Most of our research is focused on children and families, but as we looked at Medicaid use in small towns and rural areas for our recent report, we were curious what the data showed for seniors. After all, grandparents and older relatives are an important part of most families, and their health and wellbeing is essential to us all.
Using the same data sources, we put together a short snapshot on Medicaid’s role for seniors in small towns and rural areas. What we found is that Medicaid is an important lifeline for older adults (ages 65+) supplementing their Medicare by providing long-term care services or helping them meet other health care needs not fully covered by Medicare.
Unlike with children and non-elderly adults, we found that the percent of seniors relying on Medicaid in small towns and rural areas declined slightly during the examined period from 18 percent in 2008-2009 to 15 percent in 2014-2015.
Nationally, there is no observable difference between the percent of seniors receiving Medicaid in small towns and rural areas as compared to metropolitan areas, but there are state exceptions to this finding. The seven states where Medicaid is disproportionately important to seniors living in small towns and rural areas are: Missouri, Alaska, South Carolina, Mississippi, Alabama, Arizona, and Maine.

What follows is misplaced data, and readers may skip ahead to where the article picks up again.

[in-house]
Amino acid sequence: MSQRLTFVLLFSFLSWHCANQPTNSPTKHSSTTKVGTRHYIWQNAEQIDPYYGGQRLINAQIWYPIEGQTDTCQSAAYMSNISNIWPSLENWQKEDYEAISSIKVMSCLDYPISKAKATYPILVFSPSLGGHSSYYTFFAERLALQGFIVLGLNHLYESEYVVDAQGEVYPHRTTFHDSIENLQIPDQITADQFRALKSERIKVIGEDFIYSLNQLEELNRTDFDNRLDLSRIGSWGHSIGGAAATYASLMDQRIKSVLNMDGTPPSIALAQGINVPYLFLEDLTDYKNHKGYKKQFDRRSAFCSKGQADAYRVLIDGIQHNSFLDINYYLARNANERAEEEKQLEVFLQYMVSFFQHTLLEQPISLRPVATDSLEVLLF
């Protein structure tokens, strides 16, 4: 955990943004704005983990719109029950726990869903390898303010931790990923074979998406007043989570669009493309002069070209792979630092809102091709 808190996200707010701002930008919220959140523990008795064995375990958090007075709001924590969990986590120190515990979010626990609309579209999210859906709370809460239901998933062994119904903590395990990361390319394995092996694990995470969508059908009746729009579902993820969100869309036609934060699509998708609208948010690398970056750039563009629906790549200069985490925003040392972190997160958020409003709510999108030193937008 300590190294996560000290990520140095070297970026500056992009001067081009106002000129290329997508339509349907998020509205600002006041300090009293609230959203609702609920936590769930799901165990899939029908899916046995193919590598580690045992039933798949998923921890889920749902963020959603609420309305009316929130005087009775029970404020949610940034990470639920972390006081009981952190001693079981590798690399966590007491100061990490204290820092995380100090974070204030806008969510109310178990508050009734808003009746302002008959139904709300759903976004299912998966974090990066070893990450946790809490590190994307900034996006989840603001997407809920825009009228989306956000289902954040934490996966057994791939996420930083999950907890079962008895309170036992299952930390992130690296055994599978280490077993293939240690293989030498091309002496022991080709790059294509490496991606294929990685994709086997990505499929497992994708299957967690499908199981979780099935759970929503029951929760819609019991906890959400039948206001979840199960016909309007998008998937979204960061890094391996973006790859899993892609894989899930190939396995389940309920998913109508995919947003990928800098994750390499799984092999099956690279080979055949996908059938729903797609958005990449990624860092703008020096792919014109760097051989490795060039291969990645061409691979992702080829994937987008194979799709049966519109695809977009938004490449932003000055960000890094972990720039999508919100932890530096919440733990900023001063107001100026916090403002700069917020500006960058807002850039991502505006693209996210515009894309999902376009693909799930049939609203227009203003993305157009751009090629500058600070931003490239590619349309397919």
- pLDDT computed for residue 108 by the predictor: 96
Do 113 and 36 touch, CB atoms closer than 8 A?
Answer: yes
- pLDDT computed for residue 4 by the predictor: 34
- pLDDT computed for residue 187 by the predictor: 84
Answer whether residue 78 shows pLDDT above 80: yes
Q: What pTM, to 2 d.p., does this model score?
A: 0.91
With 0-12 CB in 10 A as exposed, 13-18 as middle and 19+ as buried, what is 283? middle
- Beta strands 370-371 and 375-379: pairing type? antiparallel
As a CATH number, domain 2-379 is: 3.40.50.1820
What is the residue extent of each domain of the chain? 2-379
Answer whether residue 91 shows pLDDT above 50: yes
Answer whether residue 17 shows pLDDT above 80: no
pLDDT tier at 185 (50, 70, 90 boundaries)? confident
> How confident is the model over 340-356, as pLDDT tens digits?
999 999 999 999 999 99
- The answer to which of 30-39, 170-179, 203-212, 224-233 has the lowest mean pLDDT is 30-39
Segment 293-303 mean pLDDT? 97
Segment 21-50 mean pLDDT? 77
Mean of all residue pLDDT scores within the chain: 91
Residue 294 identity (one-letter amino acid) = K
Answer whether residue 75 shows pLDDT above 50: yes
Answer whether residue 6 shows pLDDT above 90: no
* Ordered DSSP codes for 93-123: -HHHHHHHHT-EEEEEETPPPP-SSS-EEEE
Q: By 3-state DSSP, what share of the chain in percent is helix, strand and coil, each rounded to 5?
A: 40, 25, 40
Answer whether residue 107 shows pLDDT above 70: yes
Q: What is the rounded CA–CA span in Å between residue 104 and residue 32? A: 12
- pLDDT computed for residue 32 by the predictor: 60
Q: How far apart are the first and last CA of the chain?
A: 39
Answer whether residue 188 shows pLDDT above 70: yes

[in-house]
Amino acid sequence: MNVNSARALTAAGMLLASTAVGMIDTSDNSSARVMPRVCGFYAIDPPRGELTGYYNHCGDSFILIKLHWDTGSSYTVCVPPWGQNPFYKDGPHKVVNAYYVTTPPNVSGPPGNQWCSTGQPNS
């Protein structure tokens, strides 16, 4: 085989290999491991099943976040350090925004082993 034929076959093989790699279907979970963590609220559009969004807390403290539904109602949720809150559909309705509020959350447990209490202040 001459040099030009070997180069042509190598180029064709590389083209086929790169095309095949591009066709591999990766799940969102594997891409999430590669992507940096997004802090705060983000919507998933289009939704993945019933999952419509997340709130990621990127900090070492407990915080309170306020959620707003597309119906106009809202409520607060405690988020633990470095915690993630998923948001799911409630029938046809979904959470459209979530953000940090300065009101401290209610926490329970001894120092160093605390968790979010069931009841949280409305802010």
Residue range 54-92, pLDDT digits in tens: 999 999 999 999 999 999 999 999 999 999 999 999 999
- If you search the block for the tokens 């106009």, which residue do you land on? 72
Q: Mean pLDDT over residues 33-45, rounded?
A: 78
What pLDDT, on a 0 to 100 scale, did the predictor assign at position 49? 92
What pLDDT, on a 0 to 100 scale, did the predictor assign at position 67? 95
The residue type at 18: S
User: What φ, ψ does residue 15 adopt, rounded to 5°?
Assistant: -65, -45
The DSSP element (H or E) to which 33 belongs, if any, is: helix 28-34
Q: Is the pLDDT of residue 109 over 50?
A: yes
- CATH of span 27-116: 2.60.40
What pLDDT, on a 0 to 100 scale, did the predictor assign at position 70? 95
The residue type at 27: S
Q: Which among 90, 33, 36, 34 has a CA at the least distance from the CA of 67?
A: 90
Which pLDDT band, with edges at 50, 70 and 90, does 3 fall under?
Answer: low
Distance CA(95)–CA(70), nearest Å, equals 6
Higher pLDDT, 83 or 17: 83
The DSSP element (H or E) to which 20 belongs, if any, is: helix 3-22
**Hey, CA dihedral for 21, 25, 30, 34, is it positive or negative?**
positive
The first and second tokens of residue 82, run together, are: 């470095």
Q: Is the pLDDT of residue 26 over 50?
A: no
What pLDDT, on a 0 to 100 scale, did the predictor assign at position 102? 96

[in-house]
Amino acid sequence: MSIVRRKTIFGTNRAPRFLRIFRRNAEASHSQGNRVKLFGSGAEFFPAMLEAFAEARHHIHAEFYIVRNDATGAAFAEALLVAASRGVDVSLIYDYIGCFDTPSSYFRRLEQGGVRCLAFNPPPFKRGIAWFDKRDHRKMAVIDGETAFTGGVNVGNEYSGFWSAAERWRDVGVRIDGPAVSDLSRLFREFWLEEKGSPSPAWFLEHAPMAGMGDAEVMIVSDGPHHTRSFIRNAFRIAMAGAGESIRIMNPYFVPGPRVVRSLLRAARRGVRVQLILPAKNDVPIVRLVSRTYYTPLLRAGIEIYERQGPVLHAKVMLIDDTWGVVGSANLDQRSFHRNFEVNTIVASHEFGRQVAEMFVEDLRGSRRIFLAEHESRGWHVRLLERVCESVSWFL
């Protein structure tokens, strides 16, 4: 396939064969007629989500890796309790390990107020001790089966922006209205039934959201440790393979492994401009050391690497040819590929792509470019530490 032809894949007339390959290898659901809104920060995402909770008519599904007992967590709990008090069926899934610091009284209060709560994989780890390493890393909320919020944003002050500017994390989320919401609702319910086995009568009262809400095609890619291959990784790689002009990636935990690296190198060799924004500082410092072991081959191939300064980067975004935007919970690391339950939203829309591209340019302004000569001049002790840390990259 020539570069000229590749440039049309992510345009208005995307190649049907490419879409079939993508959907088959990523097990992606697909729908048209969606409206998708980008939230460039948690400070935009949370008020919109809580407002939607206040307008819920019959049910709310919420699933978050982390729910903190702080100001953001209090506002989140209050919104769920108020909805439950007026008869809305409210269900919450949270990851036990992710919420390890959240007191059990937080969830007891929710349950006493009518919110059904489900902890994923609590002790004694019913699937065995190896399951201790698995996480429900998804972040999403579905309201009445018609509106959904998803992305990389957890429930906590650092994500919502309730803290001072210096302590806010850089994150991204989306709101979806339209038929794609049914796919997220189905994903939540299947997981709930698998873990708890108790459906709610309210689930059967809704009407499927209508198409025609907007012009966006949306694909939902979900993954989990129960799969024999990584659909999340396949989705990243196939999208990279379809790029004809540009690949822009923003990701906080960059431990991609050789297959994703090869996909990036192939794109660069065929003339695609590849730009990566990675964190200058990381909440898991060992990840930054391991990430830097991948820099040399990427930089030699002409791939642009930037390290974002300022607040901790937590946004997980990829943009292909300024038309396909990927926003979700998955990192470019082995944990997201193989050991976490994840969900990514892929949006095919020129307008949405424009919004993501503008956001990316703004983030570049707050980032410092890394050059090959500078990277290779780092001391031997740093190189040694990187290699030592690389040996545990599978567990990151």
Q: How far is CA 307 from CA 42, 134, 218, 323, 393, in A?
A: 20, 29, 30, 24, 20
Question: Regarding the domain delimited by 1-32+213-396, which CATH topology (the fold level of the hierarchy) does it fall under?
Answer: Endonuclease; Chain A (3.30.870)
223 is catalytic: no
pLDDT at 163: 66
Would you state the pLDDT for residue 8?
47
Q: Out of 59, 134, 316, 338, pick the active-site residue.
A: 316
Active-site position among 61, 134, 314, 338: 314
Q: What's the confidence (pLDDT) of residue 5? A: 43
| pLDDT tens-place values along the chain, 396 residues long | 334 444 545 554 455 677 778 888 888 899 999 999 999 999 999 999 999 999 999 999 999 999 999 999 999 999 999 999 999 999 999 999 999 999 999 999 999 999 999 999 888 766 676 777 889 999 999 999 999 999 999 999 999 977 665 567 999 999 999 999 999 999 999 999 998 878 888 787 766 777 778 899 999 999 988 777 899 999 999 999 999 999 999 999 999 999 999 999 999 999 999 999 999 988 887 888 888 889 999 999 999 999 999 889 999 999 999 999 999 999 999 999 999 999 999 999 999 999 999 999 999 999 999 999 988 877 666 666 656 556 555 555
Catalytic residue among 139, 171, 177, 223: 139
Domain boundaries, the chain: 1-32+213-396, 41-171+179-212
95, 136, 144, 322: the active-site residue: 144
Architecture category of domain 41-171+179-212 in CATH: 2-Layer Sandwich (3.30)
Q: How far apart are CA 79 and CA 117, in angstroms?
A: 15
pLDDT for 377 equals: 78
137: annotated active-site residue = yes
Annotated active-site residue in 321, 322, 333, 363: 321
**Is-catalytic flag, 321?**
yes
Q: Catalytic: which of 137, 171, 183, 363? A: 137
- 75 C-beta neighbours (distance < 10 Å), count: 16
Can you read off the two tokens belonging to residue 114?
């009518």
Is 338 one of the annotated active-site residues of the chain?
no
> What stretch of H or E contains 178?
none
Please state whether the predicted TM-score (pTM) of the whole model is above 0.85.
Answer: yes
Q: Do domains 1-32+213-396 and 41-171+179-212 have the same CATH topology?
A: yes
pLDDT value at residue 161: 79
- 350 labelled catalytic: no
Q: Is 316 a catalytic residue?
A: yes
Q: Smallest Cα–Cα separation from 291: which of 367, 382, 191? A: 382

Nineteen states are above the national average (15 percent) for the share of seniors who rely on Medicaid in small towns and rural areas. Alaska has the highest rate in the country with 27 percent of seniors relying on both Medicaid and Medicare, and Mississippi follows with 25 percent. Maine, Louisiana, South Carolina, Alabama, and Kentucky all have at least one-fifth of their seniors in rural areas relying on Medicaid. As a result, cuts to Medicaid will have a disproportionate impact on rural health providers and populations in these states.
Across the country, these findings are significant not just for older adults and their families, but also for community institutions. Medicaid is the No. 1 payer for patients at 62 percent of nursing homes nationwide. The program also supports older adults who want to remain in their homes or live with their families.